As Mark was entering Rakotis, a suburb of Alexandria, after his trip from Cyrene to the Pentapolis the strap of his sandal fell off. He found a cobbler, Anianus, to repair it. While he was working on the sandal, the awl slipped in Anianus’ hand, piercing it. Anianus cried “Heis ho Theos” (“God is one”)in response to the pain. Mark took the opportunity of Anianus’ scream to preach the Gospel of Christianity to him, at the same time reportedly miraculously healing Anianus of his wound.
How it was that Anianus was a monotheist in Alexandria is a matter of conjecture. Some have suggested that he was himself a Jew, or perhaps a pagan native who had come under the influence of the wealthy Jewish community, and learned his monotheistic beliefs there. Others have held that Anianus was a noble, although this does seem to be contrary to the documents available.
In any event, Mark was invited to Anianus’ house, where he taught Anianus’ family the Gospel and baptized them all. A large number of natives of the area were quickly converted by Mark and his followers, causing those citizens who did not convert to feel obliged to defend their local gods against the new faith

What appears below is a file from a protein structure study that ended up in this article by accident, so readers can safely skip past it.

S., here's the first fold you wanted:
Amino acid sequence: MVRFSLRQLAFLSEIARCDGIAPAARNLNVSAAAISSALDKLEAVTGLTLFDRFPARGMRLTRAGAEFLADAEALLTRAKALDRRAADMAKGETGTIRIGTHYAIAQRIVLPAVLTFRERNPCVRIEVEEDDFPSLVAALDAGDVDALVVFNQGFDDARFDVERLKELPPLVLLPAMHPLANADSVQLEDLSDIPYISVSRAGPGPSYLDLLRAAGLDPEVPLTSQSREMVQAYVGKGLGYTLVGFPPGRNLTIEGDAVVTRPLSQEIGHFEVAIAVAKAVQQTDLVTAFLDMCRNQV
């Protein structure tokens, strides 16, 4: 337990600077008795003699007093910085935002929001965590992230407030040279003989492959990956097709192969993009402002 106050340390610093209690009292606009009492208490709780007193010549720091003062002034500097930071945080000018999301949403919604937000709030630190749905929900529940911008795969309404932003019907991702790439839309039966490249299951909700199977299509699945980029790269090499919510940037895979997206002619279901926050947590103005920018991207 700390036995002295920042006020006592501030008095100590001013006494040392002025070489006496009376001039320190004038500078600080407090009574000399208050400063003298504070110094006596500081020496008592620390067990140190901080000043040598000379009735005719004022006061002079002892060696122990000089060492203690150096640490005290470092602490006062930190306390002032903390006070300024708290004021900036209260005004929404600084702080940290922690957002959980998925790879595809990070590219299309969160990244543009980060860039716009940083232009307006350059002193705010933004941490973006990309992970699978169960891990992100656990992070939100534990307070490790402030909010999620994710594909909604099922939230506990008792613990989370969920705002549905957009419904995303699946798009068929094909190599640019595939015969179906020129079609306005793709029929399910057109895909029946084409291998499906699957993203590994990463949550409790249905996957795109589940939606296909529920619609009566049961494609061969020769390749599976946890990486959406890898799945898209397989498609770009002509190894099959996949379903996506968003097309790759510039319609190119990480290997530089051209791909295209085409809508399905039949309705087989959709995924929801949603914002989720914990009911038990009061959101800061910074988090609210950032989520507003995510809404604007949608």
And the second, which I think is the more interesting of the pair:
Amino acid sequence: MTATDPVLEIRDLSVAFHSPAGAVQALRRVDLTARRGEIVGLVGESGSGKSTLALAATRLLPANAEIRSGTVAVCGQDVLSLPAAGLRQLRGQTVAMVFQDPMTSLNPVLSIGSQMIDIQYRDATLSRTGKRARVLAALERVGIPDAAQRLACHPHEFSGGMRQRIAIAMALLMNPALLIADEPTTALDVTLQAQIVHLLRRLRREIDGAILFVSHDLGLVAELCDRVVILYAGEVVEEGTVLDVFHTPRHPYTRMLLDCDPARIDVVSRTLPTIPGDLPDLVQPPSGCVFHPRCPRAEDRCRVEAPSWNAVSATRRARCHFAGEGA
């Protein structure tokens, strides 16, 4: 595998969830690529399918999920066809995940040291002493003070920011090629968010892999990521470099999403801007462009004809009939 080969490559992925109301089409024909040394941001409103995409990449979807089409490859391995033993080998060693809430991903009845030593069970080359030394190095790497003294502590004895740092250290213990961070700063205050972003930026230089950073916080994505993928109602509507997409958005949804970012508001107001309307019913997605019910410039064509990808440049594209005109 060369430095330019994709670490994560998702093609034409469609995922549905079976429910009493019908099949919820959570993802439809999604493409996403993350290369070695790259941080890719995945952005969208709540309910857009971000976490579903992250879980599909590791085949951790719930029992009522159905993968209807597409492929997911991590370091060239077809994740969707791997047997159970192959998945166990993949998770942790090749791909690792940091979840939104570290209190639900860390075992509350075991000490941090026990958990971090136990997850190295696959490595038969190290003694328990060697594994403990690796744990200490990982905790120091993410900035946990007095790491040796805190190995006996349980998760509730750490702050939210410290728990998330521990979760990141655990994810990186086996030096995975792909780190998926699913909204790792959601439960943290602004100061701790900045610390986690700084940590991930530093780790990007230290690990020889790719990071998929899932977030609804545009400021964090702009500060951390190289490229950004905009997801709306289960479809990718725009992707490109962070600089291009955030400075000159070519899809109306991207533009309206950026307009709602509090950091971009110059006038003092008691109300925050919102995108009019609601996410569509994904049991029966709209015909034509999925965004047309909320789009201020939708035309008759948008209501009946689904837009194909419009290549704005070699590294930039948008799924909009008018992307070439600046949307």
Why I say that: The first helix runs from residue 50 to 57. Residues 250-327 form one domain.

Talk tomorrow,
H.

Ordination of Anianus
Mark, the outsider, decided it might be best if he were to leave the area for a while. He ordained Anianus to be bishop in his absence. He also ordained three presbyters and seven deacons at the same time, charging the group of them with watching over the church of the area in his absence.
Mark was gone for a period of two years, during which time he is said to have gone to Rome, Aquileia, and the Pentapolis, preaching, performing miracles, and winning converts to Christianity at each location. On Mark’s return, he found that the church in Alexandria had grown significantly, and that they were able to build a church for themselves at Bucolia on the shore of the eastern harbor of Alexandria, also known as the Portus Magnus of the Ptolemaic dynasty.
Following the of Mark on the 30th day of Baramudah, Anianus became the patriarch of the church in Alexandria. He would remain in that capacity for over seventeen and one-half years. During that time, the number of Christians in the area grew significantly, and Anianus ordained new priests and deacons for the growing church. The extent of the evangelization they performed is unknown, although it has been thought by some that it was done at least somewhat covertly, given the hostility the pagan population demonstrated to the new faith. Anianus died in bed, and was buried next to Mark at the church in Baucalis.